February Landscape Tips

Now is the best time to trim large limbs and branches on trees and shrubs.

Cut out all dead wood and crossing branches, then thin out some of the branches throughout the tree. Maintain a natural look.


Tree topping continues despite the best efforts of several educational programs. As you can see in this image the pruning wounds on the large branches that were “topped” never healed leading to significant decay. There are ways to reduce the height of a trees canopy without resorting to this pollarding.  Avoid using non-professionals that just happen to stop by and tell you that your trees need to be “topped”. Only woodpeckers benefit from the snags that result from topping.

Proper tree pruning method for limbs larger than 2 inches in diameter:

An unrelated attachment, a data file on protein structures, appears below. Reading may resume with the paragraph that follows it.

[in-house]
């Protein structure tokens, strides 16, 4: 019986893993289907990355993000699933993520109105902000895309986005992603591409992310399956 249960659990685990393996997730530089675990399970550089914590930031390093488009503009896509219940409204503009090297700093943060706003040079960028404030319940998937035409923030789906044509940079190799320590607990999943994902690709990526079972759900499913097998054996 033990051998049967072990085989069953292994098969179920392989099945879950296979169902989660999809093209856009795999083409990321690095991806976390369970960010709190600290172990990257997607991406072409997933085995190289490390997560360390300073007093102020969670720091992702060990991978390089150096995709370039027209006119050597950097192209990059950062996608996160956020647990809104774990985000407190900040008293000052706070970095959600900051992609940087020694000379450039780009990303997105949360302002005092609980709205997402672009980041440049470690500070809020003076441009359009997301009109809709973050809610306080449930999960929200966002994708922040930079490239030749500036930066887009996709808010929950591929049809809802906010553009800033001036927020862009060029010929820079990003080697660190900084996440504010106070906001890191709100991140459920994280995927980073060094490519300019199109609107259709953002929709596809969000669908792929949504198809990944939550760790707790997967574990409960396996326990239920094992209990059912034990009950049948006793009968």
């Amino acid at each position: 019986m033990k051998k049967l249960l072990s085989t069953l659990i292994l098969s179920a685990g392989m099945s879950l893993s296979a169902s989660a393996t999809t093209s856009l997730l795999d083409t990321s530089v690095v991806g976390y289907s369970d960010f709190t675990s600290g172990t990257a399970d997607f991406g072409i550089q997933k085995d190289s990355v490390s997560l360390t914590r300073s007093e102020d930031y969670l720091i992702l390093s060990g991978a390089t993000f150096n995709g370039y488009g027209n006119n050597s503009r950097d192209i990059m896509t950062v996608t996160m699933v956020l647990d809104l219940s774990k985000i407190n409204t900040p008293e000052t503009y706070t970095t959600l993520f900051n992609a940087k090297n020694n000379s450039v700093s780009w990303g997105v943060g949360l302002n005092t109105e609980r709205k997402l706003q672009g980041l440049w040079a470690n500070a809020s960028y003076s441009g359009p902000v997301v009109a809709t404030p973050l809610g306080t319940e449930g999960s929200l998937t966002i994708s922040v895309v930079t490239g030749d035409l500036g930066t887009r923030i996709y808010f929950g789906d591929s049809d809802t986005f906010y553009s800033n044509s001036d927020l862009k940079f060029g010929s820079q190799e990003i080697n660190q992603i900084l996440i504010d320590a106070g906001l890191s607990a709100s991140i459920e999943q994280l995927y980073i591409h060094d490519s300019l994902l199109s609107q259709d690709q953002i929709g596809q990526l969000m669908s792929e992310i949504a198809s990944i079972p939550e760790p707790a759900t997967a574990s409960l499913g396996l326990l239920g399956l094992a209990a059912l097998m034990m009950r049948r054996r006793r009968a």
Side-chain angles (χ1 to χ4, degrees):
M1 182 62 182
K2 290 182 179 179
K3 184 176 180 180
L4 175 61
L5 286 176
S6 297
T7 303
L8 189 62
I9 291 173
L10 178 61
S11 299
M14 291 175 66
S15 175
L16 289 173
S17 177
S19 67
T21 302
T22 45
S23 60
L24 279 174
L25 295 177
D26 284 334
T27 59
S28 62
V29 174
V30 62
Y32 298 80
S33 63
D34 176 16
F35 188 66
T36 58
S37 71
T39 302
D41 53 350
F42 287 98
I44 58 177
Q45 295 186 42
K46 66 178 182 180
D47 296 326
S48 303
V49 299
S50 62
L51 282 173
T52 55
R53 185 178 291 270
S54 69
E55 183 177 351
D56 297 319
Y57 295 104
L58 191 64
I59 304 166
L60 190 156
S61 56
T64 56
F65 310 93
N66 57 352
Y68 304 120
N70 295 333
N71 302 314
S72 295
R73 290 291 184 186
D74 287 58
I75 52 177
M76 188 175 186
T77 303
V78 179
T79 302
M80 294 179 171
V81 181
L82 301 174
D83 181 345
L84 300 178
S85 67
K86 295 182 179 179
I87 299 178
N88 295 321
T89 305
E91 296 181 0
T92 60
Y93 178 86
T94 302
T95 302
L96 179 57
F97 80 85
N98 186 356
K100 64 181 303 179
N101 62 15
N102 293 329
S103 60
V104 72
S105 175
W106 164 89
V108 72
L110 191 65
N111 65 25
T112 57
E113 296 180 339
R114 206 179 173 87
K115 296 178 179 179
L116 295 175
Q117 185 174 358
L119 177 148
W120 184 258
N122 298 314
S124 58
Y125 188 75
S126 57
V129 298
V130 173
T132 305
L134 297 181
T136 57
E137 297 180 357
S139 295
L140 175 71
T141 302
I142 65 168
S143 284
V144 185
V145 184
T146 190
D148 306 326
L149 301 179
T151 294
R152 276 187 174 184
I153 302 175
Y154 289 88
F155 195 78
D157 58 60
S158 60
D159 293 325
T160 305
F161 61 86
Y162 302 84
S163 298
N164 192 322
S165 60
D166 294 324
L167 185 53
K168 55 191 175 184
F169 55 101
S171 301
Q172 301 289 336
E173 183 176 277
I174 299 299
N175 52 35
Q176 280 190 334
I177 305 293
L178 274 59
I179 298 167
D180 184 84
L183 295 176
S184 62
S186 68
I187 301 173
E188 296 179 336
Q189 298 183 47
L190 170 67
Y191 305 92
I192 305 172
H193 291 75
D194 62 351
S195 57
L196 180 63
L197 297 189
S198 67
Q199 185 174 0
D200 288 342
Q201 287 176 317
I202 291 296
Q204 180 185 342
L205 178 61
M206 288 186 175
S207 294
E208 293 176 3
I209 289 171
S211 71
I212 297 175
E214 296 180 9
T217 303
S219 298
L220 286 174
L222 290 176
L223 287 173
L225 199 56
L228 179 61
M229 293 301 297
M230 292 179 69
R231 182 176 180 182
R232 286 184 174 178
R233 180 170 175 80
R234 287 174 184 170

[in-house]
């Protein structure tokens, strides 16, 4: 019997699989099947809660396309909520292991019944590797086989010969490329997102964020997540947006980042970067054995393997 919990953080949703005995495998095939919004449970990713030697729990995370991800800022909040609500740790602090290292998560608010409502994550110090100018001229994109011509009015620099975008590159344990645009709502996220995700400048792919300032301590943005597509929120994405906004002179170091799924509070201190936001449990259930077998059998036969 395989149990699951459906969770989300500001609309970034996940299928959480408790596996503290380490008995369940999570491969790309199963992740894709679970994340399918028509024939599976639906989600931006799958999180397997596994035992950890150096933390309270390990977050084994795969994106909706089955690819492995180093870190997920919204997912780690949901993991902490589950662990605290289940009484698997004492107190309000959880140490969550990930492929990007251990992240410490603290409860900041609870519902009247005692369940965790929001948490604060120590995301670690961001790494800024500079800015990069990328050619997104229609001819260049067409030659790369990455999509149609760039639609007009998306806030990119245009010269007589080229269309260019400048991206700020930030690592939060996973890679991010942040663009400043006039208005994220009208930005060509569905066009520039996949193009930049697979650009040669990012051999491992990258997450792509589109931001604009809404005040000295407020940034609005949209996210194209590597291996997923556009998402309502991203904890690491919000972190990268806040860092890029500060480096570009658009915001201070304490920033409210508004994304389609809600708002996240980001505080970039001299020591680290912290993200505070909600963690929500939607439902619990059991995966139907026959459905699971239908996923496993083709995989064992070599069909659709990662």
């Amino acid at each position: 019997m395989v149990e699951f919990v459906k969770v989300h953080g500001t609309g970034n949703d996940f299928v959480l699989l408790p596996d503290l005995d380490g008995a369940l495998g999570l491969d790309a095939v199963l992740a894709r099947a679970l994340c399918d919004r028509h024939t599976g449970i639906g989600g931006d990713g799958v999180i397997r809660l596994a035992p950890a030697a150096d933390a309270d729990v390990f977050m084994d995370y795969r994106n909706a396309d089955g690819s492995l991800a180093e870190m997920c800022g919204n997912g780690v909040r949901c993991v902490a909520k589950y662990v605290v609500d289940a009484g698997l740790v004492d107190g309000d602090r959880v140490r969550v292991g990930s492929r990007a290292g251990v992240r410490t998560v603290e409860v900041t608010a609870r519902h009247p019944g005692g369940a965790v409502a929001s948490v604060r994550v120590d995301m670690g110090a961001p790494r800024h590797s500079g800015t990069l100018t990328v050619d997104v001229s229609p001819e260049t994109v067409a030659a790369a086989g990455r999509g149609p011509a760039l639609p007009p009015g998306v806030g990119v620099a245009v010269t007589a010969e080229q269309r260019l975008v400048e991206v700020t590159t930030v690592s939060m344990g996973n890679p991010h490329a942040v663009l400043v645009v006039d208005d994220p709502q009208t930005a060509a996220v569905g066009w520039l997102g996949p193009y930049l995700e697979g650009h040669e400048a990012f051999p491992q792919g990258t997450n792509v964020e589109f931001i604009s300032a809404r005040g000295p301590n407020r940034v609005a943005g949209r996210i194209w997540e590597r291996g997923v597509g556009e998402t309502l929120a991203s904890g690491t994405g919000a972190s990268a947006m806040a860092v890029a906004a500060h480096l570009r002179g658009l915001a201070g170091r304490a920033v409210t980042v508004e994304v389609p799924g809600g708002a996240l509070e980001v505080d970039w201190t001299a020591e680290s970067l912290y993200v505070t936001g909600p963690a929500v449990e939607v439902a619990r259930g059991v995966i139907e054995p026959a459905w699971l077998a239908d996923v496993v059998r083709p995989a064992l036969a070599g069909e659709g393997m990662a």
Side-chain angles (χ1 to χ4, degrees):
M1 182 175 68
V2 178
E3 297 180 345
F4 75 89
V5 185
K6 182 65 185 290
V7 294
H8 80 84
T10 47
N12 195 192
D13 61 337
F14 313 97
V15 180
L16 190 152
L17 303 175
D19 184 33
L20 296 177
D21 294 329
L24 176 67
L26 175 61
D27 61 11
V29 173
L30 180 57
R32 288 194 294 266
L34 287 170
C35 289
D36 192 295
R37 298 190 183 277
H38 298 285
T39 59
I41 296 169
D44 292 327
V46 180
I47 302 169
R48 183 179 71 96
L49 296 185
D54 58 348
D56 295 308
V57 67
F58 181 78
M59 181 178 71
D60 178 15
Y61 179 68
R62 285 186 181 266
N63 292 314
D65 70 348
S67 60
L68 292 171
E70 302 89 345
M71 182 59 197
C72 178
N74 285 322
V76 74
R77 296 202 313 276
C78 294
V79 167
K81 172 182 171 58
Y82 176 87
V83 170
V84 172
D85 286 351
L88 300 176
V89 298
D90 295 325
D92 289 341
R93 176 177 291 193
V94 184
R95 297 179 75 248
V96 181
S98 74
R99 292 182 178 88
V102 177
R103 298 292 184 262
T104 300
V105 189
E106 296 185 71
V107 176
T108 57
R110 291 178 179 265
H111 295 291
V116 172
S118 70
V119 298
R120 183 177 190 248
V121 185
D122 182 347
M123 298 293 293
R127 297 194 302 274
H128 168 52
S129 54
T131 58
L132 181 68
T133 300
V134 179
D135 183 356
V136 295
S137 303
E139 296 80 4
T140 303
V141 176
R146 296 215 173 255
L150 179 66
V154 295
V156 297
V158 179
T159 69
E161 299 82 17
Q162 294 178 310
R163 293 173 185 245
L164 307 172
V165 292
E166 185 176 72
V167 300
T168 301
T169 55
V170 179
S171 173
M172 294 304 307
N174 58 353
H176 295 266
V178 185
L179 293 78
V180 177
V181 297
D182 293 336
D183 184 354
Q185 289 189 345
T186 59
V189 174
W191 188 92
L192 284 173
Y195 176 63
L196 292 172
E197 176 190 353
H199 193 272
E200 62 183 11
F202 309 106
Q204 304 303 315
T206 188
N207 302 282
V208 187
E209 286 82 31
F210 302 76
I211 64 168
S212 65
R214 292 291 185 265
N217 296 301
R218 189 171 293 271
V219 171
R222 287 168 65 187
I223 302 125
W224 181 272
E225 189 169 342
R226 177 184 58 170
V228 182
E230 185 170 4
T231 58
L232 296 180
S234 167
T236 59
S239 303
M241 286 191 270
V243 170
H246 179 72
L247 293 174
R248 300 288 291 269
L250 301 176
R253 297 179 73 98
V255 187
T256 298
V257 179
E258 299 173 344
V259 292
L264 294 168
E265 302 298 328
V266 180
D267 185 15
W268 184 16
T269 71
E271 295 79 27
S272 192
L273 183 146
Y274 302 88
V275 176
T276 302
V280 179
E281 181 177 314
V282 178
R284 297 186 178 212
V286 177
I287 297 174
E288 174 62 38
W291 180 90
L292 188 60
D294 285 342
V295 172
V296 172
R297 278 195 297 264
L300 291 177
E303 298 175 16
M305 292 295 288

1. To prevent ripping the bark and damaging the tree, make the first cut on the underside of the limb 4 to 5 inches away from the trunk. Cut into the limb about 1/3 of the way through. 
  2. Make the second cut on the topside of the limb 2 to 3 inches beyond the first cut and cut through the entire branch.

February is the BEST time to transplant boxwood. Boxwood are also relatively easy to dig. The roots are fairly shallow making for a nice transplant.

Prune roses back now for healthy plants during the growing season. Roses left unmaintained form massive messy plants during the summer. They can be cut back lightly in the summer, but keeping them looking fresh requires pruning in February into March.

Lawn Care:

Zoysia: Zoysia Never goes dormant so you can spray round-up on winter lawn weeds. You must buy an expensive weed killer just for zoysia lawns to rid the winter lawn weeds

Burmuda or Hybrid Burmuda- Feed Spray round up weed killer over entire lawn area. Burmuda sod is dormant and will not be affected by the chemical AT THIS TIME (February).

Remember to apply pre-emergents for weeds in beds or the lawn every 90 days for best results.

*Preen is best for homeowners.

Winter jasmine, camellia, Lenten rose, snow drops, paper bark maple, twig dogwood, winterberry holly, hawthorn, evergreens and conifers.

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